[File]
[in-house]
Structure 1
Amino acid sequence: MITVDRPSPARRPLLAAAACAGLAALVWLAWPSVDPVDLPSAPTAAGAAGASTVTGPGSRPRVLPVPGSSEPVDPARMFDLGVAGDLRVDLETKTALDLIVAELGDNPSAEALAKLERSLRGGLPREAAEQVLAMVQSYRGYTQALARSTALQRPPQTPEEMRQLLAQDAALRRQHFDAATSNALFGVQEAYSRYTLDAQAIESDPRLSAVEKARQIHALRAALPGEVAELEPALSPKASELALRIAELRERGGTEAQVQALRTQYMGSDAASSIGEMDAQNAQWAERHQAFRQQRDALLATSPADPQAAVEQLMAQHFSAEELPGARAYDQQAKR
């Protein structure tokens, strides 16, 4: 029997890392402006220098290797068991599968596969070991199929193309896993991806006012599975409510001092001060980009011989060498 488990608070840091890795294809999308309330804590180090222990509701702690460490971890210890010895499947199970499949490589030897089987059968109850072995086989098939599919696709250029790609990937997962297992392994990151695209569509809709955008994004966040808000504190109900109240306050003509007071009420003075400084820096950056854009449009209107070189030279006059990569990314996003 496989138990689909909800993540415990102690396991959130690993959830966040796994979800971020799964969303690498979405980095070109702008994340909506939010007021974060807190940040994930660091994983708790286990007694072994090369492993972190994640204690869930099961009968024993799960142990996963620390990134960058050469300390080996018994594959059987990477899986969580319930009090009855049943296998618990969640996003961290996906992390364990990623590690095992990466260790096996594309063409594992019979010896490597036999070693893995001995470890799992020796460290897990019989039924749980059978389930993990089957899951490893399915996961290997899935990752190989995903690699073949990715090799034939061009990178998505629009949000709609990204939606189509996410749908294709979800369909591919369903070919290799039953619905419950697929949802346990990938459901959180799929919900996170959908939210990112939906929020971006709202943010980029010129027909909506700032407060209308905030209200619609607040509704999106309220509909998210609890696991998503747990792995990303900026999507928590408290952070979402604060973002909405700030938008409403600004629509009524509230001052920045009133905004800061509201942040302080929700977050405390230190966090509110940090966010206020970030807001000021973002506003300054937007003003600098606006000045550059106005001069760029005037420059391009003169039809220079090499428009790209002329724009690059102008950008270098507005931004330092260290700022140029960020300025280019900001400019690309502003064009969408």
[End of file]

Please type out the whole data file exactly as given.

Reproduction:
[in-house]
Structure 1
Amino acid sequence: MITVDRPSPARRPLLAAAACAGLAALVWLAWPSVDPVDLPSAPTAAGAAGASTVTGPGSRPRVLPVPGSSEPVDPARMFDLGVAGDLRVDLETKTALDLIVAELGDNPSAEALAKLERSLRGGLPREAAEQVLAMVQSYRGYTQALARSTALQRPPQTPEEMRQLLAQDAALRRQHFDAATSNALFGVQEAYSRYTLDAQAIESDPRLSAVEKARQIHALRAALPGEVAELEPALSPKASELALRIAELRERGGTEAQVQALRTQYMGSDAASSIGEMDAQNAQWAERHQAFRQQRDALLATSPADPQAAVEQLMAQHFSAEELPGARAYDQQAKR
């Protein structure tokens, strides 16, 4: 029997890392402006220098290797068991599968596969070991199929193309896993991806006012599975409510001092001060980009011989060498 488990608070840091890795294809999308309330804590180090222990509701702690460490971890210890010895499947199970499949490589030897089987059968109850072995086989098939599919696709250029790609990937997962297992392994990151695209569509809709955008994004966040808000504190109900109240306050003509007071009420003075400084820096950056854009449009209107070189030279006059990569990314996003 496989138990689909909800993540415990102690396991959130690993959830966040796994979800971020799964969303690498979405980095070109702008994340909506939010007021974060807190940040994930660091994983708790286990007694072994090369492993972190994640204690869930099961009968024993799960142990996963620390990134960058050469300390080996018994594959059987990477899986969580319930009090009855049943296998618990969640996003961290996906992390364990990623590690095992990466260790096996594309063409594992019979010896490597036999070693893995001995470890799992020796460290897990019989039924749980059978389930993990089957899951490893399915996961290997899935990752190989995903690699073949990715090799034939061009990178998505629009949000709609990204939606189509996410749908294709979800369909591919369903070919290799039953619905419950697929949802346990990938459901959180799929919900996170959908939210990112939906929020971006709202943010980029010129027909909506700032407060209308905030209200619609607040509704999106309220509909998210609890696991998503747990792995990303900026999507928590408290952070979402604060973002909405700030938008409403600004629509009524509230001052920045009133905004800061509201942040302080929700977050405390230190966090509110940090966010206020970030807001000021973002506003300054937007003003600098606006000045550059106005001069760029005037420059391009003169039809220079090499428009790209002329724009690059102008950008270098507005931004330092260290700022140029960020300025280019900001400019690309502003064009969408």